Based on Winifred Watson's largely forgotten 1938 novel, Frances McDomand returns to the big screen in a screwball comedy reminiscent of 'Cinderella', as if penned by Noel Coward.

Set in pre-World War Two London, McDormand plays Guinevere Pettigrew, a straight-laced nanny who wears the extent of the country's economic depression through her dour dress sense and uptight manner.

As the opening credits roll we see the tangled and unkempt governess furiously fired from a posting; lose her belongings; and teeter on the edge of starvation at the soup kitchens as her day gradually worsens.

A new day begins just as poorly for the down-on-her-luck protagonist as life continues to put one over on her. Unceremoniously dismissed by her employment agency after a succession of failed posts, Pettigrew is deemed "the governess of last resort" as any remaining eggs in her basket are smashed.

Clawing for survival, and taking any opportunity as it arises (ie living), she manages to intercept the card of a jazz singer looking for a social secretary and so arrives at the plush apartment of Delysia Lafosse (Adams) under the pretence that the agency has sent her.

As jaunty, jazzy music warns us of the screwball, farcical scenes which are about to transpire, Pettigrew learns that she has been hired as a "social secretary" and that her free-spirited, ditzy employer Delysia is juggling three men.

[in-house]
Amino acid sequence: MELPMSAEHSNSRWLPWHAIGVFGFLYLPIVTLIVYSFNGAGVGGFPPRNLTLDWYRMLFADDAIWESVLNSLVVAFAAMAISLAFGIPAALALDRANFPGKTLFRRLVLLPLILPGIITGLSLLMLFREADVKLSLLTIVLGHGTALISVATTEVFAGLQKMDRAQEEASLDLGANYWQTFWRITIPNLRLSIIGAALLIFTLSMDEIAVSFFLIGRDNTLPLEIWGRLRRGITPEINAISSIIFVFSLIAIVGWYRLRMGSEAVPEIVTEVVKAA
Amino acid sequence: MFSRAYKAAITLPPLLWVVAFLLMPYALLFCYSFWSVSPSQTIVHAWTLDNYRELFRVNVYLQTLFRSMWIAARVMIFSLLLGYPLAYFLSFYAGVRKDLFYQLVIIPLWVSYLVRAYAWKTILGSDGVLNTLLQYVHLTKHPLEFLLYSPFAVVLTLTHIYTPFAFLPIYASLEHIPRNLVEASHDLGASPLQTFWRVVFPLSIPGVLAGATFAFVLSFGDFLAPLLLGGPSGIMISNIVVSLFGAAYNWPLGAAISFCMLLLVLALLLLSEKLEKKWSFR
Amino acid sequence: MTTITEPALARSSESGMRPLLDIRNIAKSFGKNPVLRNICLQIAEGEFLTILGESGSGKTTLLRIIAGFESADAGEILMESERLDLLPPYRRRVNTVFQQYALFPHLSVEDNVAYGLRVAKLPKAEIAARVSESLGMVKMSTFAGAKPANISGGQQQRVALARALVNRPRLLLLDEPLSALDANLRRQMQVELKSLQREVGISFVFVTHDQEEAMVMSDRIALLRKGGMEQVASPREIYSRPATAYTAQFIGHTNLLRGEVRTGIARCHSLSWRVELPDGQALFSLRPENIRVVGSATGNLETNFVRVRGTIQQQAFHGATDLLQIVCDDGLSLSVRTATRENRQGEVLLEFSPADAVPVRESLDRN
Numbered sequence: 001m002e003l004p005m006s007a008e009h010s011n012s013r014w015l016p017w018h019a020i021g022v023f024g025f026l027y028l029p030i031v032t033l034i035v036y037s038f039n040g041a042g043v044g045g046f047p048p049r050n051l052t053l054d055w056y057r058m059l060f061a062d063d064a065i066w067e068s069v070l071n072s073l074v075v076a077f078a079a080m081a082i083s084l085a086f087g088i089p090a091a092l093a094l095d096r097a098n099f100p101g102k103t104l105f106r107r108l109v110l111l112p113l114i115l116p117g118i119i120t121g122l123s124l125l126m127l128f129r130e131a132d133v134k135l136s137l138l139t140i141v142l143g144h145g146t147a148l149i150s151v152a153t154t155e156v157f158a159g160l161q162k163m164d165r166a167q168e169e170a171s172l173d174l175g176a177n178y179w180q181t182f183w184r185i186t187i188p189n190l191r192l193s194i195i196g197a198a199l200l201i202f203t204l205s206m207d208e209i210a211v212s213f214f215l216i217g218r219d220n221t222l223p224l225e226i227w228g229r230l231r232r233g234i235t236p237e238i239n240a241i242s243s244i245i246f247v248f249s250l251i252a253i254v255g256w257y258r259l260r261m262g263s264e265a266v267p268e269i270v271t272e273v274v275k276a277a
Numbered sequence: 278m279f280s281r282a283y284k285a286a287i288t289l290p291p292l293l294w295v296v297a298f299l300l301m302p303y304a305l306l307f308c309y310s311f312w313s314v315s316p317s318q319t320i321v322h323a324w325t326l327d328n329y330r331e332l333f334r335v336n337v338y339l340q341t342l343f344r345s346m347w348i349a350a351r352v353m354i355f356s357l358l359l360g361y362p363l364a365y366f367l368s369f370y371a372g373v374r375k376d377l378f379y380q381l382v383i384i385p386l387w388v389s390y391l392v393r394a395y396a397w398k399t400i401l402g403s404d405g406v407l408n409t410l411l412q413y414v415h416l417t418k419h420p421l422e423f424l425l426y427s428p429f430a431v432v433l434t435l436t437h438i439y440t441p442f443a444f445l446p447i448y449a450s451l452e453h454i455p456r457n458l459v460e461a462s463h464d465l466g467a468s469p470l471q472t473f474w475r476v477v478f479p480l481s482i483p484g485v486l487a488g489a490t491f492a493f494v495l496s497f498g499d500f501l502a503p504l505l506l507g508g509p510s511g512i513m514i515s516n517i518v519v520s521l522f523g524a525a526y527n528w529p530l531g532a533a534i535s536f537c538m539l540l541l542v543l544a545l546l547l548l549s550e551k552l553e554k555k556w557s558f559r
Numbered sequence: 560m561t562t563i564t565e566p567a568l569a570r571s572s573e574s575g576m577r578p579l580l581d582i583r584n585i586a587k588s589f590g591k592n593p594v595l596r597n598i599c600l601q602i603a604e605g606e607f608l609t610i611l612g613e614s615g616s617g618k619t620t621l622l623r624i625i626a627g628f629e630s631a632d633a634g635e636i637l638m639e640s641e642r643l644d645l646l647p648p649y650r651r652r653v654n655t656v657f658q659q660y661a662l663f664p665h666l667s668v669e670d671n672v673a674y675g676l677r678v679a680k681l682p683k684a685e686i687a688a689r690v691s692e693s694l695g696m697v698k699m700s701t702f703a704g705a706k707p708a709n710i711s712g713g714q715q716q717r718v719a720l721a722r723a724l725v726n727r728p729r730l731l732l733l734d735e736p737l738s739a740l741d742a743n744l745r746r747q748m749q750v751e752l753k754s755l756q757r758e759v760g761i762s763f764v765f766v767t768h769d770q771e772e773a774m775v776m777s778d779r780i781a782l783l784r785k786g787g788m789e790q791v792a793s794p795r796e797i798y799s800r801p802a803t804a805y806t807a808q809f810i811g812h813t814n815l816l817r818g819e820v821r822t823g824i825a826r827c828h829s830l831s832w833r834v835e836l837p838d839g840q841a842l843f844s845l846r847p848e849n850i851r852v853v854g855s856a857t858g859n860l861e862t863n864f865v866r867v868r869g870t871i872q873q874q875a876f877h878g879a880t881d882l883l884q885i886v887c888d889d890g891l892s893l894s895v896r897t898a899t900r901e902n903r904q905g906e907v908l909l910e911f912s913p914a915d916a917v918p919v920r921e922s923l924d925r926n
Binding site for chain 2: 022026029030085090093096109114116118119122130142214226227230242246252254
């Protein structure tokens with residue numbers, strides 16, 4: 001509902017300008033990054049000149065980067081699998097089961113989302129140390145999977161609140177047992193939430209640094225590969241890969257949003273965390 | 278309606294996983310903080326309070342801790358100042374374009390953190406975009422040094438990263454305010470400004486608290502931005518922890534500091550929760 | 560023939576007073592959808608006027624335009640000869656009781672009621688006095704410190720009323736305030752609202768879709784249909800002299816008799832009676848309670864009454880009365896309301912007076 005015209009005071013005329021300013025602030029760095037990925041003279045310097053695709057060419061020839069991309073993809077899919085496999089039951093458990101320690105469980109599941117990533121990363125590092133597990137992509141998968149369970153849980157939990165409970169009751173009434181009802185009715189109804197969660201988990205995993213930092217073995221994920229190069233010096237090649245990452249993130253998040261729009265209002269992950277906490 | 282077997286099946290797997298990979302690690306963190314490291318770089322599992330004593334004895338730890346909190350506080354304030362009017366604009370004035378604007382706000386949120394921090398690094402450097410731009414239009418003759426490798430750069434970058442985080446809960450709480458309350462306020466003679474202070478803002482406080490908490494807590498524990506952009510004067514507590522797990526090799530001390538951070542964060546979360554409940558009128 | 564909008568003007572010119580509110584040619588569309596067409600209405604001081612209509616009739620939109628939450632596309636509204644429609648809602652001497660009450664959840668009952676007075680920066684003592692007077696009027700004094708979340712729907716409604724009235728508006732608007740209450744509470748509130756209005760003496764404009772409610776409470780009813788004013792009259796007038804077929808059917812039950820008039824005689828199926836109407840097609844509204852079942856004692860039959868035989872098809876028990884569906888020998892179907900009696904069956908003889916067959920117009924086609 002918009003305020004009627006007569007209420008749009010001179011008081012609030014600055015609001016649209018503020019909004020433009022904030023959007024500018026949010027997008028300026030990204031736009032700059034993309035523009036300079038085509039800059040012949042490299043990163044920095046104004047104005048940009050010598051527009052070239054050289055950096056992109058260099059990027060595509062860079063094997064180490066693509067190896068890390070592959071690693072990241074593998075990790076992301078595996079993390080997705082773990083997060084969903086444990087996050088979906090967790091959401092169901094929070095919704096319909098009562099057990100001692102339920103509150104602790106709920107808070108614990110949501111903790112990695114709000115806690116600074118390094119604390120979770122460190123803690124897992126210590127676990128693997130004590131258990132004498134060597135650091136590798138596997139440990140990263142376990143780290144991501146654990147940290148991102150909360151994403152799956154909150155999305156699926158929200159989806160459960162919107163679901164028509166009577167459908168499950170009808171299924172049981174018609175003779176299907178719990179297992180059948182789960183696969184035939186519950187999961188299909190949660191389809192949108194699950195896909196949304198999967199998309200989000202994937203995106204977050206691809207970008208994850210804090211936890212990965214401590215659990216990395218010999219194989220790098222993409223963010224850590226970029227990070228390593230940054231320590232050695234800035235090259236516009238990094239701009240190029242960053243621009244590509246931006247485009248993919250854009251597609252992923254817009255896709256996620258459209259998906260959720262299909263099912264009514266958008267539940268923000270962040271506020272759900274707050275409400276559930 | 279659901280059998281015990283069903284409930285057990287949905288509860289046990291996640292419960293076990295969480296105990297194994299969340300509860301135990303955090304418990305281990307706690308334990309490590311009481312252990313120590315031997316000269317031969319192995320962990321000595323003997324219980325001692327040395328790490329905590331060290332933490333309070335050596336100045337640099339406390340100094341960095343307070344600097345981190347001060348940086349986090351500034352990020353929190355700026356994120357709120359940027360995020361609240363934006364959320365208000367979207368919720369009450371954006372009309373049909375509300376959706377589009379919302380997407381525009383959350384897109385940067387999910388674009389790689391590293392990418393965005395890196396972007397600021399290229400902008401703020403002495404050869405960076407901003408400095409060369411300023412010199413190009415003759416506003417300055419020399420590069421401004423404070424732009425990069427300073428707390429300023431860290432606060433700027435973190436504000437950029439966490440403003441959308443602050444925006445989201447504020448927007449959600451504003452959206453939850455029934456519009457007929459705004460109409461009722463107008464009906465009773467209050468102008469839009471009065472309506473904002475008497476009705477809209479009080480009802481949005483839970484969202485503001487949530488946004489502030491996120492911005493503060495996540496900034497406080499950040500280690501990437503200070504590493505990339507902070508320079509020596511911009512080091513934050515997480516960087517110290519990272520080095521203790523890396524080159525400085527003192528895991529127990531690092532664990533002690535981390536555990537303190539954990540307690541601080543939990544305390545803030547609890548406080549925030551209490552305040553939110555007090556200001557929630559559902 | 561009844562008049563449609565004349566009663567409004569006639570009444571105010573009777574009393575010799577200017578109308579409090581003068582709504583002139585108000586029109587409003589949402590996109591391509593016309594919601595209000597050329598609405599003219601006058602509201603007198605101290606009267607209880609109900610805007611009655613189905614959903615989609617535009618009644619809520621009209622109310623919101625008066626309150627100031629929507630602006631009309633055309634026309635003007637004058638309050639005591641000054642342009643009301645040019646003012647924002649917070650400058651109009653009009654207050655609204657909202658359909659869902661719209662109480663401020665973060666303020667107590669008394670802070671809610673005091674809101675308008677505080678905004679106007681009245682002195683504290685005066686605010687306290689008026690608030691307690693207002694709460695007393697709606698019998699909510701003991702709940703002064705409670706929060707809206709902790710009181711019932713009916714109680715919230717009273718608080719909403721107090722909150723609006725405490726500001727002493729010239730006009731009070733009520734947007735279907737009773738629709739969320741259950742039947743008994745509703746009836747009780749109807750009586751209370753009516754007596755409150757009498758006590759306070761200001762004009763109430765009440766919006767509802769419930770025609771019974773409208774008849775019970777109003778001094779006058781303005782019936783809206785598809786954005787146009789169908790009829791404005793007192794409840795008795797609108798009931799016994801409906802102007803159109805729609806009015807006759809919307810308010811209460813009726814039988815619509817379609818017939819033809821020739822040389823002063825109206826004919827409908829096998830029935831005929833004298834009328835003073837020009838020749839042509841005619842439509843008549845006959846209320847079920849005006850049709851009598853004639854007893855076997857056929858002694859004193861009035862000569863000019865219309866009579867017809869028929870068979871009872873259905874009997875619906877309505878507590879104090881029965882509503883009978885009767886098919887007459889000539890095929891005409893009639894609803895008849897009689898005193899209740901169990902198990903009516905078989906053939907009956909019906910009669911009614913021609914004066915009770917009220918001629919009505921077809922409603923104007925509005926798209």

Swept into Delysia's plush, socialite world Pettigrew indeed begins to live, as the title suggests, and a whirlwind day sees her help Delysia out of a series of predicaments; get a new look; and attract the attentions of Joe (Hinds) as her and Delysia's lives change course.

McDormand, as ever, is sublime in the lead role, gradually revealing new layers to her downtrodden character as she begins to allow those around her breathe life into her. Similarly fantastic is Amy Adams as the flighty, naïve, yet consciously calculating aspiring actress willing to do whatever it takes to achieve fame on the West End stage.

Ever-excellent Irish star Ciarán Hinds plays McDormand's love interest, and though his role isn't as meaty as it might suggest, he manages to draw the most out of his supporting part and brings believability to a marginally unbelievable series of events.

Short, snappy and fast-paced, ' Miss Pettigrew Lives for a Day' is perfect fodder for Saturday afternoon TV - unlikely to be remembered by most, but enjoyable nonetheless.

Steve Cummins